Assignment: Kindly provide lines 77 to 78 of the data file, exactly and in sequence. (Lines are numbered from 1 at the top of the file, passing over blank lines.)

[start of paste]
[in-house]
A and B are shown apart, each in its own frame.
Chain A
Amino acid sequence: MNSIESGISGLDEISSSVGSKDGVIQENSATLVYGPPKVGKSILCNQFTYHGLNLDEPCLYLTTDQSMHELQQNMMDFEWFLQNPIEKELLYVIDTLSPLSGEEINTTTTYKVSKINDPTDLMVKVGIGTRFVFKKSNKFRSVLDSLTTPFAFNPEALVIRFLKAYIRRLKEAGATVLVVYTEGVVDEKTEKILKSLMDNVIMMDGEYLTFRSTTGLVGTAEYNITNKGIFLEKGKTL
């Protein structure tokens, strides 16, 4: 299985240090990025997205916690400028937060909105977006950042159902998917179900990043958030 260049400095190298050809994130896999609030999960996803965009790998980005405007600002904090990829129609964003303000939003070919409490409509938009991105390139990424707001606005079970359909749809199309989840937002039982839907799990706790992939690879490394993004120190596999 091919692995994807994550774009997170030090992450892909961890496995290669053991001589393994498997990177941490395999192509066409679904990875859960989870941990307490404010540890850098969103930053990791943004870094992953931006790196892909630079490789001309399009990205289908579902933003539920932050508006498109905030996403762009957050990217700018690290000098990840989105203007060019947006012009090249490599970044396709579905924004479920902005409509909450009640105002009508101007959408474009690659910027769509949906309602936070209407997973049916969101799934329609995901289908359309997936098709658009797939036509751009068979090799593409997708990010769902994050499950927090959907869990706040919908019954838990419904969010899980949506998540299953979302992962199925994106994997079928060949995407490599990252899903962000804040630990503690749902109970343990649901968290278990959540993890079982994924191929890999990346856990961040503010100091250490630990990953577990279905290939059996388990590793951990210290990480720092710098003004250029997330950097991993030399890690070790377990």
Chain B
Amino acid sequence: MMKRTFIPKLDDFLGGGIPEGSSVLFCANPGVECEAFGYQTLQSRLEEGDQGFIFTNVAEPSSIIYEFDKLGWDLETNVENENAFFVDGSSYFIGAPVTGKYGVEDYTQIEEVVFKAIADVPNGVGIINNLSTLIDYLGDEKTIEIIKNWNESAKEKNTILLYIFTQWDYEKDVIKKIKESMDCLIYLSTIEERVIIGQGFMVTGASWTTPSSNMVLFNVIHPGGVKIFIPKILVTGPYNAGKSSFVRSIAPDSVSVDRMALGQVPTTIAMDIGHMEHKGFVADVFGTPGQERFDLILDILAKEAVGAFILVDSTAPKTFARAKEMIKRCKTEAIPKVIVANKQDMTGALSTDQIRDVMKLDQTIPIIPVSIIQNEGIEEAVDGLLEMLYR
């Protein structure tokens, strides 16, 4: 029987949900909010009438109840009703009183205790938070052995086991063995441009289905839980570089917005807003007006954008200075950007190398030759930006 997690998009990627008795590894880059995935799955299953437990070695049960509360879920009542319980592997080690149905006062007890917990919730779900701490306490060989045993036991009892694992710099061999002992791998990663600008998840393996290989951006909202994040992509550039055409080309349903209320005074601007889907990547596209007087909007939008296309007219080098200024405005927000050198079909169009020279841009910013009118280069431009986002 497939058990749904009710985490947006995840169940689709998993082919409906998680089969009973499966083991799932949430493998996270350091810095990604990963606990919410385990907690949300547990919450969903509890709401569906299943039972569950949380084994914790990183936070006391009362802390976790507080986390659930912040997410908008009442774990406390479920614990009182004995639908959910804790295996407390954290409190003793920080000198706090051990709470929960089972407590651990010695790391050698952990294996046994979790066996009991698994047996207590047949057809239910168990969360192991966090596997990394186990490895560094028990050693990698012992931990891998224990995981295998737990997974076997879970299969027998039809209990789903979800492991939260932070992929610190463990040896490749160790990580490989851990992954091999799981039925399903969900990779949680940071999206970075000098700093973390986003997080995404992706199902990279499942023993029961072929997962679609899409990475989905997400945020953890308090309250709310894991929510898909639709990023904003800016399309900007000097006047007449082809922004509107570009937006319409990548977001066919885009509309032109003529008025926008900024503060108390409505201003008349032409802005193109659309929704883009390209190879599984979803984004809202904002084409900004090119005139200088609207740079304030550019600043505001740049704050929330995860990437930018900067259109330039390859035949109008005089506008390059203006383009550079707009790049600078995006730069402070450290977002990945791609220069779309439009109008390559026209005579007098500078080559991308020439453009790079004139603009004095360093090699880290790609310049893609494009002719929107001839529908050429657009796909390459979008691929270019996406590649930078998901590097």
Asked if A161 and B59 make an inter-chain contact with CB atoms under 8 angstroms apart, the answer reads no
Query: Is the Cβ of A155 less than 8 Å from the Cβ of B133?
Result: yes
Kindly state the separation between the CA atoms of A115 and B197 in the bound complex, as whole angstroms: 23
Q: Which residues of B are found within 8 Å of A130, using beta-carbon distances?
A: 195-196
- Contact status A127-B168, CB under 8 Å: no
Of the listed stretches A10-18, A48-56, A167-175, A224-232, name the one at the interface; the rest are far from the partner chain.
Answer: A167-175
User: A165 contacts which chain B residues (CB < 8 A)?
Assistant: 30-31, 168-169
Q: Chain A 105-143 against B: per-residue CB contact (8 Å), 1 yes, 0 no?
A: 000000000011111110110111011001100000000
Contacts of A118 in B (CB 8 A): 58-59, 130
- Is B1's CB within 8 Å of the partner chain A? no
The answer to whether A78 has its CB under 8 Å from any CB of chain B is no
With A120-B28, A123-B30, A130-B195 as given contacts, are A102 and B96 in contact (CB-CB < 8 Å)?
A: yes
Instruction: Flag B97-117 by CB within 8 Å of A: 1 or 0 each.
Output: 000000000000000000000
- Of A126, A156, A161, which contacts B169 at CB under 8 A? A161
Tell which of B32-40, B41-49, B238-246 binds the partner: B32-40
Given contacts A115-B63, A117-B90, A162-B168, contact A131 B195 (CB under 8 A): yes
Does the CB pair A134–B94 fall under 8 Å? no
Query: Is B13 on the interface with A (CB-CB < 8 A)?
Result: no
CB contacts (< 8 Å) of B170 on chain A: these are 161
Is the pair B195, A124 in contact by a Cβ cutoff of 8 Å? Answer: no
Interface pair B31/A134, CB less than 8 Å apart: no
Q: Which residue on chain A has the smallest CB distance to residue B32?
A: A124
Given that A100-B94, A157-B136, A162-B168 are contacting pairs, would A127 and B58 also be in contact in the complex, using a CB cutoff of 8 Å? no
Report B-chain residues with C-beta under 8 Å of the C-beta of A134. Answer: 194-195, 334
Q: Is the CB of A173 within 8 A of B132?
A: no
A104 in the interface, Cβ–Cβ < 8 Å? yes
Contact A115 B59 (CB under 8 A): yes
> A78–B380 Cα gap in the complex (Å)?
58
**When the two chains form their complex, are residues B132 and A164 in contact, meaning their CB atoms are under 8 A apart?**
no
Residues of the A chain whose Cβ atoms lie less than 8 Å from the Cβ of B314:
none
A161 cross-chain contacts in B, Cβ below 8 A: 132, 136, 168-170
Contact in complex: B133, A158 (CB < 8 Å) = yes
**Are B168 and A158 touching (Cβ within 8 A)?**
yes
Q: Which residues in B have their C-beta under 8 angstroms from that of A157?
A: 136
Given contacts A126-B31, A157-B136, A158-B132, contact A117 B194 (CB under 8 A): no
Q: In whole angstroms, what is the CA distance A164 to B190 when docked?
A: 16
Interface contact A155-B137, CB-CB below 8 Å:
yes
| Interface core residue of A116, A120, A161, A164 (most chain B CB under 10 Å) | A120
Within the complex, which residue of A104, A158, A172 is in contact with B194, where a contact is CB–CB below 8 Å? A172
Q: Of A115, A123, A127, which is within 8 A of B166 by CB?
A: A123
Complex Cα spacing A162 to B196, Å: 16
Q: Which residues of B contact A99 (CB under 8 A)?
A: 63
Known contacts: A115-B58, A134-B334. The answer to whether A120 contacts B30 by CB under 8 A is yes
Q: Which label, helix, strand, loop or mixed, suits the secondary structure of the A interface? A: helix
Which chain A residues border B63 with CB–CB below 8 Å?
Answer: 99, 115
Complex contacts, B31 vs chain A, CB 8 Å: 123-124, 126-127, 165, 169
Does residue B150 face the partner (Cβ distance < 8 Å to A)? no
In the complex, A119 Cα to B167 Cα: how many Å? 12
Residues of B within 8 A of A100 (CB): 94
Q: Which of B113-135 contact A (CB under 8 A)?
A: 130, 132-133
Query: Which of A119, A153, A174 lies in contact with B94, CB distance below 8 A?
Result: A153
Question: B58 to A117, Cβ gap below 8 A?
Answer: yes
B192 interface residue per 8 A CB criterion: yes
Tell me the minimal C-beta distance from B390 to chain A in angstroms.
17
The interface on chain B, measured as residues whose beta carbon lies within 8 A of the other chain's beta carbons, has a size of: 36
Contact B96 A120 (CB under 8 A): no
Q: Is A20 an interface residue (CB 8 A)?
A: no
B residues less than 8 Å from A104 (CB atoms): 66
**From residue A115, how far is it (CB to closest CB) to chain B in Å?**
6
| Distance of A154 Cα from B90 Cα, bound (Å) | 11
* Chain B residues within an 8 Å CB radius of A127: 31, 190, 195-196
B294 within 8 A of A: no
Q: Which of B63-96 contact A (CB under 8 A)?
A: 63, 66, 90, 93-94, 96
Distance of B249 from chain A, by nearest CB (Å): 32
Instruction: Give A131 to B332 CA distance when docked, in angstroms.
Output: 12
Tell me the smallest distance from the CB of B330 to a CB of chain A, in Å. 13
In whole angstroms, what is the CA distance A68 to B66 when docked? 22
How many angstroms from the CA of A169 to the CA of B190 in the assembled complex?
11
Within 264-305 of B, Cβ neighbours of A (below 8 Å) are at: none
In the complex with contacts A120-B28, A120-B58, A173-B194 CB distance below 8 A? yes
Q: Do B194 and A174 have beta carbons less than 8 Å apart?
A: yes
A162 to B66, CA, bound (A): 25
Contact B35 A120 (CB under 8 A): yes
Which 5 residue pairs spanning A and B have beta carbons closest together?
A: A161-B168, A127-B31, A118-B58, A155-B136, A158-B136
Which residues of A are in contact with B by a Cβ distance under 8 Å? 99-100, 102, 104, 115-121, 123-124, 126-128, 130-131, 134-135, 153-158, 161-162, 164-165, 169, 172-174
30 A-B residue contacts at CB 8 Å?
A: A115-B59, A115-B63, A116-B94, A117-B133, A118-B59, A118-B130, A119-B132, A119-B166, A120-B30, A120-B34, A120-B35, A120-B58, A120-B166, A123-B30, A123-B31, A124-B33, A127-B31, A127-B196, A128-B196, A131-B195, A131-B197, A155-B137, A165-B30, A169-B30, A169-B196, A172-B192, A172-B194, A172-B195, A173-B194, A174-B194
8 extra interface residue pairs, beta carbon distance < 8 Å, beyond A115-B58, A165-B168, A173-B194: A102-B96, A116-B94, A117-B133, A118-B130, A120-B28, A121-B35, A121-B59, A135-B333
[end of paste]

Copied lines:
Residues of B within 8 A of A100 (CB): 94
Q: Which of B113-135 contact A (CB under 8 A)?